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Prosthetic Support in Face Transplantation

  • Michael L. Huband
Chapter

Abstract

After face transplantation, the patient may still present with defects which were not corrected or correctable through surgery. This may include loss of teeth and bone, malocclusion and arch size discrepancies, communication between the oral and nasal cavities and sinuses, difficulties with speech and swallowing, palatopharyngeal incompetence, palatopharyngeal insufficiency, functional or anatomic deficits of the tongue, narrowing of the nostrils, and loss of anatomical structures such as eyes, ears, or nose. To correct these defects and improve function and esthetics, a variety of prostheses and appliances are available. These are fabricated by dentists who specialize in Prosthodontics and sub-specialize in Maxillofacial Prosthetics. Although the face transplant patient will present clinicians with new challenges, established techniques and sound prosthodontic and prosthetic principles will provide the foundation for the delivery of prosthetic support and treatment of this patient population. For optimal results, the Maxillofacial Prosthodontist should be a member of the transplant team and consulted during the pre-surgical, surgical, and post-surgical phases of face transplantation.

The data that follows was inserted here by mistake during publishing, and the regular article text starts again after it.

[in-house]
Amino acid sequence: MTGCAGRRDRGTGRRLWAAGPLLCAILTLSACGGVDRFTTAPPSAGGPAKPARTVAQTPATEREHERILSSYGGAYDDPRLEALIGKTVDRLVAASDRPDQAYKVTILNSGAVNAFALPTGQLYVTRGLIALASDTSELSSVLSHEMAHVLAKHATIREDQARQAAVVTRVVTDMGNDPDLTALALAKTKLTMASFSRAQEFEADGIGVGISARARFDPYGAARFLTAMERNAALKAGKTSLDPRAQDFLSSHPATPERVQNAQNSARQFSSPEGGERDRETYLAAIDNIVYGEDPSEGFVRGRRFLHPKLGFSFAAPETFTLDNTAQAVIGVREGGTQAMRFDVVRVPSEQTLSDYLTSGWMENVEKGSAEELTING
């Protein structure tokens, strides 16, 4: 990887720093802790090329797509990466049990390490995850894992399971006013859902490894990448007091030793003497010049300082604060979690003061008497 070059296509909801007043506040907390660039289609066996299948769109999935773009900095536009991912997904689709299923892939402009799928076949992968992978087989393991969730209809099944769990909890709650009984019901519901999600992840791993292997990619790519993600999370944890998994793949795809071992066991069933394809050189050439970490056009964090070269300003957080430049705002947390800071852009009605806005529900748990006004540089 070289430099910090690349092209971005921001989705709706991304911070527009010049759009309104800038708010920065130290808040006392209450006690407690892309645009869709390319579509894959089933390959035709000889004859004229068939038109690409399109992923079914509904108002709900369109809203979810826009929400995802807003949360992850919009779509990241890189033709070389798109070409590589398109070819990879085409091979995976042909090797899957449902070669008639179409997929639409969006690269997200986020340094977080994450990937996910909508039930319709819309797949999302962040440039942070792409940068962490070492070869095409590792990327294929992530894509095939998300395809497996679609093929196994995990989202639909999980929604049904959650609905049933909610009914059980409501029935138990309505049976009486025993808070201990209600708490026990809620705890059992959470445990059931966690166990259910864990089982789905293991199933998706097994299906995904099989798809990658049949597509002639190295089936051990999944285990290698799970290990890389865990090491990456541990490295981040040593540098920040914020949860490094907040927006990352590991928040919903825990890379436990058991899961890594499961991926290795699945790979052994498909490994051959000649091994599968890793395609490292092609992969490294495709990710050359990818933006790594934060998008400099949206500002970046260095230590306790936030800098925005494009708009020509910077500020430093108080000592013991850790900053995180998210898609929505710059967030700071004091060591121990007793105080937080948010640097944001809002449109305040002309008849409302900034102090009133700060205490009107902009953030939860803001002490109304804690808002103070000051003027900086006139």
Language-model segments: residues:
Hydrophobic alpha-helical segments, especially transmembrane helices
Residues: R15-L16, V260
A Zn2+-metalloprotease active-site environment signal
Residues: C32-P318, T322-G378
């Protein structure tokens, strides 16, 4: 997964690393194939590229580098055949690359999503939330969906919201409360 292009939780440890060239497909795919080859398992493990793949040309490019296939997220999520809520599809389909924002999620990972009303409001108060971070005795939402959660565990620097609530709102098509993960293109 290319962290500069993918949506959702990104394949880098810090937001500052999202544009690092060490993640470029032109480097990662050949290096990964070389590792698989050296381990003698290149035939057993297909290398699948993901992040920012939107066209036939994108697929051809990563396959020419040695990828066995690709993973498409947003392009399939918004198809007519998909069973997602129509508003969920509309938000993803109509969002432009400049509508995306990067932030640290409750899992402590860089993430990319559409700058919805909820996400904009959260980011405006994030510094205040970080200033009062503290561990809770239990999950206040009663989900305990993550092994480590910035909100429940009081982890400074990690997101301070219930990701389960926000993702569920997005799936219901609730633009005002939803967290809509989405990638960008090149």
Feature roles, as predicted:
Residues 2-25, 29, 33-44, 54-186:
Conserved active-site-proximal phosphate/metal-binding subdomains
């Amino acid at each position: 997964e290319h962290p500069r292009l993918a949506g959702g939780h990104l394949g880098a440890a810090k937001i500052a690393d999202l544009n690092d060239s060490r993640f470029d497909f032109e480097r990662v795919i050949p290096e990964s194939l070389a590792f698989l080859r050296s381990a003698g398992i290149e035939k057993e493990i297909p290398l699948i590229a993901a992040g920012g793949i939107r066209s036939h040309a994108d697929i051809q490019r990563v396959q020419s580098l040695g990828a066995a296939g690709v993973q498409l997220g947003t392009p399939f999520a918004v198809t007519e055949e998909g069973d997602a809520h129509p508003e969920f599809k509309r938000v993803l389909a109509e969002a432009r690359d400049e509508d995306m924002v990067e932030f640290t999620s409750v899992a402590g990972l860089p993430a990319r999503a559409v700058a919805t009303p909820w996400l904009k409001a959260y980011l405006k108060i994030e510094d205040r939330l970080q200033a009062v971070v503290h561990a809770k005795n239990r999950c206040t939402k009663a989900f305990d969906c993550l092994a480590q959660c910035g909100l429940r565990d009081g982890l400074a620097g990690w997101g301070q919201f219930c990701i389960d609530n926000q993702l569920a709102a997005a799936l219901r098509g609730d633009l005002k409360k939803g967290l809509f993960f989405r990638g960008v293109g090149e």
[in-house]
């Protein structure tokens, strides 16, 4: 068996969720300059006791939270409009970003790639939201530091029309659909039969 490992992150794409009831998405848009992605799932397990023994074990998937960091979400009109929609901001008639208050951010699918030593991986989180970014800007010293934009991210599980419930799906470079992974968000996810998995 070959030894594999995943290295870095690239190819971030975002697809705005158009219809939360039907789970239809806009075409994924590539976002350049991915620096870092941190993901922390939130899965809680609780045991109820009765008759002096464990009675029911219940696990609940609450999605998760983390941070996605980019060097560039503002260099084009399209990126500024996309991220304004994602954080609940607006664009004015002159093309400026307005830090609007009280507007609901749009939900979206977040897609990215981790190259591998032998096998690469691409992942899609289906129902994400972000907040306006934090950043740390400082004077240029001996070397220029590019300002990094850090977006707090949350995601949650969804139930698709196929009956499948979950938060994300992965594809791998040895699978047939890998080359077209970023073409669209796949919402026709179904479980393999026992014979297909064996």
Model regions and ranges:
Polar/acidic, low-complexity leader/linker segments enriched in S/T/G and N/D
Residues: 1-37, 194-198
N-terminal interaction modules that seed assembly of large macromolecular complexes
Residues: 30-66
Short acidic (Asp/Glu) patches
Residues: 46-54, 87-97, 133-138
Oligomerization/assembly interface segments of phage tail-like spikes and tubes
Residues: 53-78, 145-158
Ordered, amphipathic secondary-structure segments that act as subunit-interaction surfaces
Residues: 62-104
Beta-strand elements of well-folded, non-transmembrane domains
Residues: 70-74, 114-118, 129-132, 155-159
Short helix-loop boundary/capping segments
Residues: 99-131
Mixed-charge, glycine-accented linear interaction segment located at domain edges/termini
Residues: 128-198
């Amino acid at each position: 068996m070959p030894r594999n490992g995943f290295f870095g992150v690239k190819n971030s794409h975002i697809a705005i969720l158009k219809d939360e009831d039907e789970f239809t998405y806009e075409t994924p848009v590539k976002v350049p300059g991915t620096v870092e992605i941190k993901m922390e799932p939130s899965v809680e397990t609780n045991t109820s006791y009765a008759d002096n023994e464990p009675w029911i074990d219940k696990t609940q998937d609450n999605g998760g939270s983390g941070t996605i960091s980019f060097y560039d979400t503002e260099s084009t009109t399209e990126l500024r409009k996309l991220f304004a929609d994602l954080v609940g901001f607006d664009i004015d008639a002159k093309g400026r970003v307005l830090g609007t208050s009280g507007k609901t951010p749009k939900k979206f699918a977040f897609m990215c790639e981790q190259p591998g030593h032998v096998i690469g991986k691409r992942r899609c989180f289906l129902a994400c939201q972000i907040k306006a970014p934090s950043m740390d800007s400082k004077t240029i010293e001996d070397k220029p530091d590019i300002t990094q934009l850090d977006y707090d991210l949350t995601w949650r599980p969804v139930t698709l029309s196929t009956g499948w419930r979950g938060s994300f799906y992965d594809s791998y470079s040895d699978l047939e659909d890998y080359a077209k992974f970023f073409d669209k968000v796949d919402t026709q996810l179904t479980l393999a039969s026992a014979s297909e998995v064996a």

Keywords

Nasal Cavity Dental Implant Hard Palate Partial Denture Complete Denture 
These keywords were added by machine and not by the authors. This process is experimental and the keywords may be updated as the learning algorithm improves.

References

  1. 1.
    Taylor TD. Clinical Maxillofacial Prosthetics. Chicago: Quintessence; 2000.Google Scholar
  2. 2.
    American Academy of Maxillofacial Prosthetics. Coding and Reimbursement Manual. New Orleans: AAMP; 1997.Google Scholar

Copyright information

© Springer London 2011

Authors and Affiliations

  1. 1.Section of Maxillofacial Prosthetics, Department of DentistryHead and Neck Institute, Cleveland ClinicClevelandUSA

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